The Earth Hums in B-Flat by Mari Strachan – can’t quite make up its mind whether it wants to be a children’s or adult’s book… then again, does a child-narrator automatically mean it is a book which only children can enjoy? Probably not, and definitely not in this case as we live through the eyes of a child on the brink of acceptability within her family. Apart from anything else, it was a great peek at 1960s/70s Wales, and of course there was that “something else” that made it an enjoyable read.


100 jours en enfer par Robert Muchamore – Does reading a Cherub book in French make it more intellectual? It did please me how straightforward I found reading it, which probably doesn’t say much for the language used. Everything loses something in translation, but this was a fun read.

Player One by Douglas Coupland – I have a tendency to love Douglas Coupland’s work; this as a novel was slightly weird. From the note at the back, it appears to have been a series of lectures and maybe that explains why the characters were not as well-rounded as usual, and why a good quarter of the book was taken up with a glossary of terms explaining millennial phenomena. The condition requiring the sufferer to read a dose of fiction – no matter how small – before going to sleep made me laugh, and it’s fun to recognise some of your own idiosyncrasies in his borderline satire, borderline just normal life writing.

Artist of the Floating World by Kazuo Ishiguro – slightly more of a “proper literature book” than my recent habits; I love Ishiguro’s stuff though and enjoyed being challenged more in a book. The unreliableness of the narrator, an old man in post-WW2 Japan, was the key to what made this one so interesting in my opinion, though I was slightly irked by the gaps in the story at the end!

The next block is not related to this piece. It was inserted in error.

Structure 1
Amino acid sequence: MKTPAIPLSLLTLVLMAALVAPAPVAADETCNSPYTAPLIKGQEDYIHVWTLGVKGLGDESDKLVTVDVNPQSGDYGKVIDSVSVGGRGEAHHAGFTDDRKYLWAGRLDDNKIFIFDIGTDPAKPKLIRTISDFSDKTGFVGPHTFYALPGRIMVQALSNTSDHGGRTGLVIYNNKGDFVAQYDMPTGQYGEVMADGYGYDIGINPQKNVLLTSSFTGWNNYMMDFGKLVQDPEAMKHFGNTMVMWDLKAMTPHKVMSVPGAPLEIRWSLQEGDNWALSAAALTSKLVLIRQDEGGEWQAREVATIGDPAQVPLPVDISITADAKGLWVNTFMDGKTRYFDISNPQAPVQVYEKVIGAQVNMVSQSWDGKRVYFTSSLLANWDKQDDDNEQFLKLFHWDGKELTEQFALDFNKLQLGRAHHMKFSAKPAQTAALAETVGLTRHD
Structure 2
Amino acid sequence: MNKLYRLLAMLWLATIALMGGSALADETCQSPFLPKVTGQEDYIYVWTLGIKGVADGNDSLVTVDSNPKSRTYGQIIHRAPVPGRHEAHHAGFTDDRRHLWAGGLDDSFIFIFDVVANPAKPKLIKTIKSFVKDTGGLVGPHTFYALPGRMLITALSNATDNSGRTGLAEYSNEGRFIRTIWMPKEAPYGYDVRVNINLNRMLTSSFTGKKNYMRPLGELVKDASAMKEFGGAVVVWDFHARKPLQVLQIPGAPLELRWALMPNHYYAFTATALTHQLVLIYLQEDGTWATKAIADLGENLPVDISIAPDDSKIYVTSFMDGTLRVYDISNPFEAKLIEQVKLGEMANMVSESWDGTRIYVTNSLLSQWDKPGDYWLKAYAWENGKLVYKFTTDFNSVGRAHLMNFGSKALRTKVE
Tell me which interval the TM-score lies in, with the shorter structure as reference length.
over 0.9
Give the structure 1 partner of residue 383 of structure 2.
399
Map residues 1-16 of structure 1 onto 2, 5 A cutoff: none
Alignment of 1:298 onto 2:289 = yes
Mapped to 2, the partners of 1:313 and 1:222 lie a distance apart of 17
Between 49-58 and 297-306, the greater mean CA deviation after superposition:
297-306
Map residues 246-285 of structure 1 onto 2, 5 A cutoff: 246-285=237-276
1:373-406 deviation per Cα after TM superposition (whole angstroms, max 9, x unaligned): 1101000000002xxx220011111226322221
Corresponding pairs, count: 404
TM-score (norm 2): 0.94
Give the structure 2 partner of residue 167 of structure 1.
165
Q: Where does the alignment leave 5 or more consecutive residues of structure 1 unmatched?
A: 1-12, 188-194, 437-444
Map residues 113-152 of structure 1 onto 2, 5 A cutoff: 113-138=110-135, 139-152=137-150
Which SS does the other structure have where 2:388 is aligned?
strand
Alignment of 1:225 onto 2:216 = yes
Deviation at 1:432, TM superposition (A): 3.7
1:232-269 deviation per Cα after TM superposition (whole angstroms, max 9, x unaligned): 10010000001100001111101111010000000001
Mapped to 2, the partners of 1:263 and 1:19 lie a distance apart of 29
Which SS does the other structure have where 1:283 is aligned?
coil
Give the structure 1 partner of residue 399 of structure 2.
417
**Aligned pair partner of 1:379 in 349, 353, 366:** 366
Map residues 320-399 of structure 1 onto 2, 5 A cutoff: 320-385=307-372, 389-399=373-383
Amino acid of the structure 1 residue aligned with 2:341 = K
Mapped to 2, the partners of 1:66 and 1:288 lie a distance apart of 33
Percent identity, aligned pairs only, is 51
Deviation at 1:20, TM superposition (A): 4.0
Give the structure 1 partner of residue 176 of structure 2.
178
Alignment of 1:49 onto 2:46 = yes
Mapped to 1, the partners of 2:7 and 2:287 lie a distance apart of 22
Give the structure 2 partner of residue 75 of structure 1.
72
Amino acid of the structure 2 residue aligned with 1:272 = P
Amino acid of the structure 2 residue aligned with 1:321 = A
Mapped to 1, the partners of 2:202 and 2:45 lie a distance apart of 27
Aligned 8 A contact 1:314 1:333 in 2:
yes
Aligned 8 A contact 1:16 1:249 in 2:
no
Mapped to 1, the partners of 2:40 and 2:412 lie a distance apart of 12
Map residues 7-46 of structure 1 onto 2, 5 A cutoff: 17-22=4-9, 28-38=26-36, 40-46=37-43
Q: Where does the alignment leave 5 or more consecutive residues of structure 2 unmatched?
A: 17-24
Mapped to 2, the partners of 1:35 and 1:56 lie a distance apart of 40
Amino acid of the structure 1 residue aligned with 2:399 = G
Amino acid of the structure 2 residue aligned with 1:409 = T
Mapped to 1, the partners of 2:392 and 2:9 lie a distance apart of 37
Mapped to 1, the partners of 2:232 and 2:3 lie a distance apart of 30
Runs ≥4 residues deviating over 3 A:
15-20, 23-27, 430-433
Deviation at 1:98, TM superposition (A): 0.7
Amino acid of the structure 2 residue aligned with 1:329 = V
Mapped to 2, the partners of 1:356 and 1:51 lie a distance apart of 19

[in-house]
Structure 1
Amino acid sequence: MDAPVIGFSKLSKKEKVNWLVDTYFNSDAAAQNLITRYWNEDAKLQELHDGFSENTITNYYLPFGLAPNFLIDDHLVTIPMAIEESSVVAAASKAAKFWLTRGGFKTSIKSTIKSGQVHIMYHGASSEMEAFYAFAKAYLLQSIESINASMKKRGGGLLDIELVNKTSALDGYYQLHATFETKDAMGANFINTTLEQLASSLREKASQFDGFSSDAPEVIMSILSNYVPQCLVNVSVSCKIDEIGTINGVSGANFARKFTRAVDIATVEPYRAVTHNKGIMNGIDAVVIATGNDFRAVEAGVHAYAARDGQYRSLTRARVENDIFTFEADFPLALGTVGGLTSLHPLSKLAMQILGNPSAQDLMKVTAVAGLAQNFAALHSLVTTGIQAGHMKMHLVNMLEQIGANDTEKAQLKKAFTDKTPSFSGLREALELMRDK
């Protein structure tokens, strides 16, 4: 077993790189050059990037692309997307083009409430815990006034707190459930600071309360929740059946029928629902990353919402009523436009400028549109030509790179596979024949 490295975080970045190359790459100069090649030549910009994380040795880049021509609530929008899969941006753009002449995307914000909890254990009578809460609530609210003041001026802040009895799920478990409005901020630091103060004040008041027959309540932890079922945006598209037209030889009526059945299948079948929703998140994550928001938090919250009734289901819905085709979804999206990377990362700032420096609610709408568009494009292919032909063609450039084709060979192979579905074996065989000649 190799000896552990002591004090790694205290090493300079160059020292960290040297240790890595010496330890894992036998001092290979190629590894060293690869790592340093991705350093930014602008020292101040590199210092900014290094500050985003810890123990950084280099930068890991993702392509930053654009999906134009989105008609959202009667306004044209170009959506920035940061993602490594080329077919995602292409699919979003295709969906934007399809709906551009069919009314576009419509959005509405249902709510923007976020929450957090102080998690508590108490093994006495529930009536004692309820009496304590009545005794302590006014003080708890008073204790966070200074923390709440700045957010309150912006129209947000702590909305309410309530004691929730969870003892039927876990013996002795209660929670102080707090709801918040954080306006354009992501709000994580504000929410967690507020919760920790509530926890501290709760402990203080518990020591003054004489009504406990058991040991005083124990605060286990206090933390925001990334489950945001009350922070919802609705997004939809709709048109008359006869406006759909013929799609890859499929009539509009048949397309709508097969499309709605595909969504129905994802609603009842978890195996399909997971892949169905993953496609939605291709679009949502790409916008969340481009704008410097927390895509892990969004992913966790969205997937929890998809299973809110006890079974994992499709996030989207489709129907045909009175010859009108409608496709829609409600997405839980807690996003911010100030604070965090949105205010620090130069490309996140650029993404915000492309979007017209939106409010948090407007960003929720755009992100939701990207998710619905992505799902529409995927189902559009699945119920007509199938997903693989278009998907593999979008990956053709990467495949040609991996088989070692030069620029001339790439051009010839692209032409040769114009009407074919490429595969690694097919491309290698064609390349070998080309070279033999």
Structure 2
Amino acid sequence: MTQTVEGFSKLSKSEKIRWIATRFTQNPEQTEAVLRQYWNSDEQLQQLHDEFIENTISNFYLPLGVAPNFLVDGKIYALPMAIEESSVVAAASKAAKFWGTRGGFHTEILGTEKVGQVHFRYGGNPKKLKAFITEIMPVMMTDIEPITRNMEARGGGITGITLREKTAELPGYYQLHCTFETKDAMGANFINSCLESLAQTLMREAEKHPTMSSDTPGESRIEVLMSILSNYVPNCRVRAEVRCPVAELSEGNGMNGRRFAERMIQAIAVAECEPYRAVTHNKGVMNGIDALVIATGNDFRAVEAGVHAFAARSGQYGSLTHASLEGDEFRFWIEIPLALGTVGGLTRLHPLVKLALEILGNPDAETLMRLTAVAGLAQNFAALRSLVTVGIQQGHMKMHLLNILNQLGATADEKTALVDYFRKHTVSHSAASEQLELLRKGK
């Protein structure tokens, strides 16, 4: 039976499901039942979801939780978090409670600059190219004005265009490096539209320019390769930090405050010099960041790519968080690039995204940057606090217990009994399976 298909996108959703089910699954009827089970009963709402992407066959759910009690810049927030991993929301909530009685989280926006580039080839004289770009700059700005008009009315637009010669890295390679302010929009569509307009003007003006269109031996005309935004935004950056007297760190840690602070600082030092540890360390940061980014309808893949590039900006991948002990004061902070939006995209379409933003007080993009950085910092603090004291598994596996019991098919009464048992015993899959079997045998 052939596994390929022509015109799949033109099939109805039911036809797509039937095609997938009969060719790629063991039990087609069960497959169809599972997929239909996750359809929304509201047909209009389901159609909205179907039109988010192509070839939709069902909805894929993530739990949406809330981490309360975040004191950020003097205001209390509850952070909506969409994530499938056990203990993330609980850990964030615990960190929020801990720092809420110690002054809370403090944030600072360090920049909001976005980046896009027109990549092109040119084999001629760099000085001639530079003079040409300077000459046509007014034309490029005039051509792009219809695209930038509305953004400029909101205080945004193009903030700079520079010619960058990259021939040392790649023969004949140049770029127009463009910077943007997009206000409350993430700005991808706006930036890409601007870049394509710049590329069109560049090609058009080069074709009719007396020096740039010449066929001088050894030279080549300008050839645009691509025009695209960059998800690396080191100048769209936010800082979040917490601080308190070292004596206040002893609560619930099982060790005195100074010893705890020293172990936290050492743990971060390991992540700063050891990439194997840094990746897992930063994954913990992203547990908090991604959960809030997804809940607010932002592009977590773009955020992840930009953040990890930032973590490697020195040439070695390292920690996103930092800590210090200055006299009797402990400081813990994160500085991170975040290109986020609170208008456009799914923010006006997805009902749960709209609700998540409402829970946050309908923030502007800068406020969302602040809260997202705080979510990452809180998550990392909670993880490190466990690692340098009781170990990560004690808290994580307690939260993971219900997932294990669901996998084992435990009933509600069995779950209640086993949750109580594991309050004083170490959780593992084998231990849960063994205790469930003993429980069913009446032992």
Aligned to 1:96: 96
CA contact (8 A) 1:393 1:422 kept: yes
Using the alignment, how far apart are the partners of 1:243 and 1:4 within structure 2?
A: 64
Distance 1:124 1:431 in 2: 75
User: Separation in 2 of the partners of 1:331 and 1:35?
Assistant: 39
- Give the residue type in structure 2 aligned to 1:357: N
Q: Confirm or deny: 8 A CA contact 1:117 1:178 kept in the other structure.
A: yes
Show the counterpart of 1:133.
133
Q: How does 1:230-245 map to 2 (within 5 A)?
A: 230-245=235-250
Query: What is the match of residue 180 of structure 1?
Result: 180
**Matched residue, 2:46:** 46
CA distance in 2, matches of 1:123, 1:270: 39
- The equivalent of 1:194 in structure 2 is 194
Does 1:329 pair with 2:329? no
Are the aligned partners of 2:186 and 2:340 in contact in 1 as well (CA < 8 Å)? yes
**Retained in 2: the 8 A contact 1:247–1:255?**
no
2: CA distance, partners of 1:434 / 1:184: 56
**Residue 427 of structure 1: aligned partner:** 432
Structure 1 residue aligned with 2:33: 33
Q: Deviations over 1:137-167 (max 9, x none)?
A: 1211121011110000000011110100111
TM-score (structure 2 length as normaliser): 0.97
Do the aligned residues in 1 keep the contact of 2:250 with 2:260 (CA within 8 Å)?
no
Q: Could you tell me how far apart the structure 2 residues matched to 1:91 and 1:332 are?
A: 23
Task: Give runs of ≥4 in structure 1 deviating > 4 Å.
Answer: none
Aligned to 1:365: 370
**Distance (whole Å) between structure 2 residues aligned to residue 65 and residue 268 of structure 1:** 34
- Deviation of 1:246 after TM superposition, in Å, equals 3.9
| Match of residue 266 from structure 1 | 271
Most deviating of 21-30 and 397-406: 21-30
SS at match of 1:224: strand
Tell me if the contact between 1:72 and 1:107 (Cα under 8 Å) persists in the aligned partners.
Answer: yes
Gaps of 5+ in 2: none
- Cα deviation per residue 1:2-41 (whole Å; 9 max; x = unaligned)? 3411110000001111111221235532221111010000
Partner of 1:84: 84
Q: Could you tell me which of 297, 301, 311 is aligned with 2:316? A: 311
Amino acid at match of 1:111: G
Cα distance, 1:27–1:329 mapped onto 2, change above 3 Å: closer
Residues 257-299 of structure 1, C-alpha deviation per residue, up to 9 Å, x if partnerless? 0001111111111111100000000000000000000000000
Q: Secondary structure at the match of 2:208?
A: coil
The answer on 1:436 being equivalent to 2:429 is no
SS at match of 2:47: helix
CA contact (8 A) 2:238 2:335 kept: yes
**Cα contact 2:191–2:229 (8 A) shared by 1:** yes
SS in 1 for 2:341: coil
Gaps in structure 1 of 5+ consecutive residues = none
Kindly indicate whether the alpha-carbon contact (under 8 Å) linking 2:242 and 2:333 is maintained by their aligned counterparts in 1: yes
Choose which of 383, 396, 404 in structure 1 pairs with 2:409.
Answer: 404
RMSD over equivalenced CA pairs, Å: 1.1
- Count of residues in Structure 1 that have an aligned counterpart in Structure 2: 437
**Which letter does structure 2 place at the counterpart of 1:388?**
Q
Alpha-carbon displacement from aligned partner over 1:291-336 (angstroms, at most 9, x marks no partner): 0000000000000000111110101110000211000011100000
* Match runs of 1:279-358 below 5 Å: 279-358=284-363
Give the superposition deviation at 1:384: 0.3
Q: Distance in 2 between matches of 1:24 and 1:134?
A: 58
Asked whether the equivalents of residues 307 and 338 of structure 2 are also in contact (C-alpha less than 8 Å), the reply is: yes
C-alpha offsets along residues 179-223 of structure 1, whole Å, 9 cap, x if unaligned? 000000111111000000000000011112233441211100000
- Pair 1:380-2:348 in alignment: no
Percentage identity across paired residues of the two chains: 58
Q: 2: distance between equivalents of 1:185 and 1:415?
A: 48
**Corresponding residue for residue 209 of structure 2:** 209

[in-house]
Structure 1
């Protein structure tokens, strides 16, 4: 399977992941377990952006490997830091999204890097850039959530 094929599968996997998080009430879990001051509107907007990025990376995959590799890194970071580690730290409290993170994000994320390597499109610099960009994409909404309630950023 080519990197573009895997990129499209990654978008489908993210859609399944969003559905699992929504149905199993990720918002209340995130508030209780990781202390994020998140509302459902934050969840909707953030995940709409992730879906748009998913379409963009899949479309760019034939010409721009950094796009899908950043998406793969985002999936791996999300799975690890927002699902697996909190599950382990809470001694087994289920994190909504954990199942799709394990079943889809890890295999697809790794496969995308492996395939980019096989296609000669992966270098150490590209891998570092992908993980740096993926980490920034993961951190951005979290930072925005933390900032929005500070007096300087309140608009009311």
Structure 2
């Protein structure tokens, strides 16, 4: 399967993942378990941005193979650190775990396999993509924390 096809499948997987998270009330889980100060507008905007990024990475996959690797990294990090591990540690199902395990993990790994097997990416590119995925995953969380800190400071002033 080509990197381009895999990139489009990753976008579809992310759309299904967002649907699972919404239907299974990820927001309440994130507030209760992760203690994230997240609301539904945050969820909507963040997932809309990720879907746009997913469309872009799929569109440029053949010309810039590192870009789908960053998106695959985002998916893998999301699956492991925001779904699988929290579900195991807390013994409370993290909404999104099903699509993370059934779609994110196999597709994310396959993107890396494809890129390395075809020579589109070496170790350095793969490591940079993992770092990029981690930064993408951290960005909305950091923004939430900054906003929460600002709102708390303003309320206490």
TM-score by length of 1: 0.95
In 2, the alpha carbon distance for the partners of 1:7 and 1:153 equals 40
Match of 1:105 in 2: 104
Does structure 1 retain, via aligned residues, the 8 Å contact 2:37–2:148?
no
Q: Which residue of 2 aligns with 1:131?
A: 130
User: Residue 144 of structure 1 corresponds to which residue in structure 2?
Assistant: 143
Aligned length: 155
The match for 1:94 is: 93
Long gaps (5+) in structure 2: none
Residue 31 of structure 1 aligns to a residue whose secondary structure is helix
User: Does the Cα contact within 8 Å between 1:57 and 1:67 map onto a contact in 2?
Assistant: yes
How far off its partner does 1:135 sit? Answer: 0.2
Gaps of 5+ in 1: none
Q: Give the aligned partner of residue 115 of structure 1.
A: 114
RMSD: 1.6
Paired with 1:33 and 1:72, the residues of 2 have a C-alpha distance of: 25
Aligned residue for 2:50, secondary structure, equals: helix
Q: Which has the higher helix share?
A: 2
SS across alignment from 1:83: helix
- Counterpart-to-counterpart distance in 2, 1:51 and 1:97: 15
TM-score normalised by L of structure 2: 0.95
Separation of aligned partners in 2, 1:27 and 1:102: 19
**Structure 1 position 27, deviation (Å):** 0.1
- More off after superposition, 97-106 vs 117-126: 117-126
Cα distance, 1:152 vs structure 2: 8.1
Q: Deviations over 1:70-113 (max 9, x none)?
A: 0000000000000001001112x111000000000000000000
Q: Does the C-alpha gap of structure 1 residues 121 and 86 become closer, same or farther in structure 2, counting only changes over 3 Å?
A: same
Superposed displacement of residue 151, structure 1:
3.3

The Enchanted Castle by E Nesbit – fun classical children’s literature, worth a re-read.

Animal Farm by George Orwell – a much better representation of the Russian revolution than my Histoire des Idées Politiques professor!


Catcher in the Rye by JD Salinger – 2nd read of this, think I managed to appreciate it slightly more this time but still didn’t really feel it merited its “genius” status awarded by many.

Marc: l’expérience – read in preparation for doing the play. Amazing to see intricacies of how the gospel fits together.

The Hound of the Baskervilles by Arthur Conan Doyle – Doyle does it again

The Memoirs of Sherlock Holmes by Arthur Conan Doyle – short stories, interesting to see the actual “final ending” at Reichenbachen Falls.

Plain Truth by Jodi Picoult – Yes she’s a bit trashy and samey, but hey as a law student I should be abreast of how the US courts function, right? Throw in the Amish and I’m there.

Mere Christianity by C S Lewis – gooooooood.

The Sign of the Four by Arthur Conan Doyle – Sherlock still continuing to be a great read, though this felt slower than A Study in Scarlet and the Adventures, can see why it has not (yet, perhaps) made the cut into the series.